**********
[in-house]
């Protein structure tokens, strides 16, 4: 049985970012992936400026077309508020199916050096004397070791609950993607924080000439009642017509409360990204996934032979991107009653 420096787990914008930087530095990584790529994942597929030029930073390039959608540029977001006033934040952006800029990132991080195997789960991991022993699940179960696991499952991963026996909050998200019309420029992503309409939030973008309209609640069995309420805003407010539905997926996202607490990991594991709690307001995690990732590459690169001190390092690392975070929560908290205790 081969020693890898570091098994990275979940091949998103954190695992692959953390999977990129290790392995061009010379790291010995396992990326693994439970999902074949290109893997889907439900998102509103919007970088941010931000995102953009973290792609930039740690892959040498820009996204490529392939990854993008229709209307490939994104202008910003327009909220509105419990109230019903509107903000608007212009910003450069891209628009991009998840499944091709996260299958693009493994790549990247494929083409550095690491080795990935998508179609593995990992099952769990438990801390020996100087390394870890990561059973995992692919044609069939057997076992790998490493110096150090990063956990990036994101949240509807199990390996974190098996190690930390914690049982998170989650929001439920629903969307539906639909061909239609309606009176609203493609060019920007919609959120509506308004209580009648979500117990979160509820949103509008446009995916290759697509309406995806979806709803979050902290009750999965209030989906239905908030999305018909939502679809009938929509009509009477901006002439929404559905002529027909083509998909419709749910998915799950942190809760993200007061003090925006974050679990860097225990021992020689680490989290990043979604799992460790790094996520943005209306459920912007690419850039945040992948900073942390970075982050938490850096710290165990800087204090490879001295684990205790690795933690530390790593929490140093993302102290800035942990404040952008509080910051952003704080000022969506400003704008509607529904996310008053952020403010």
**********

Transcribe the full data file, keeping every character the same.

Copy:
[in-house]
């Protein structure tokens, strides 16, 4: 049985970012992936400026077309508020199916050096004397070791609950993607924080000439009642017509409360990204996934032979991107009653 420096787990914008930087530095990584790529994942597929030029930073390039959608540029977001006033934040952006800029990132991080195997789960991991022993699940179960696991499952991963026996909050998200019309420029992503309409939030973008309209609640069995309420805003407010539905997926996202607490990991594991709690307001995690990732590459690169001190390092690392975070929560908290205790 081969020693890898570091098994990275979940091949998103954190695992692959953390999977990129290790392995061009010379790291010995396992990326693994439970999902074949290109893997889907439900998102509103919007970088941010931000995102953009973290792609930039740690892959040498820009996204490529392939990854993008229709209307490939994104202008910003327009909220509105419990109230019903509107903000608007212009910003450069891209628009991009998840499944091709996260299958693009493994790549990247494929083409550095690491080795990935998508179609593995990992099952769990438990801390020996100087390394870890990561059973995992692919044609069939057997076992790998490493110096150090990063956990990036994101949240509807199990390996974190098996190690930390914690049982998170989650929001439920629903969307539906639909061909239609309606009176609203493609060019920007919609959120509506308004209580009648979500117990979160509820949103509008446009995916290759697509309406995806979806709803979050902290009750999965209030989906239905908030999305018909939502679809009938929509009509009477901006002439929404559905002529027909083509998909419709749910998915799950942190809760993200007061003090925006974050679990860097225990021992020689680490989290990043979604799992460790790094996520943005209306459920912007690419850039945040992948900073942390970075982050938490850096710290165990800087204090490879001295684990205790690795933690530390790593929490140093993302102290800035942990404040952008509080910051952003704080000022969506400003704008509607529904996310008053952020403010």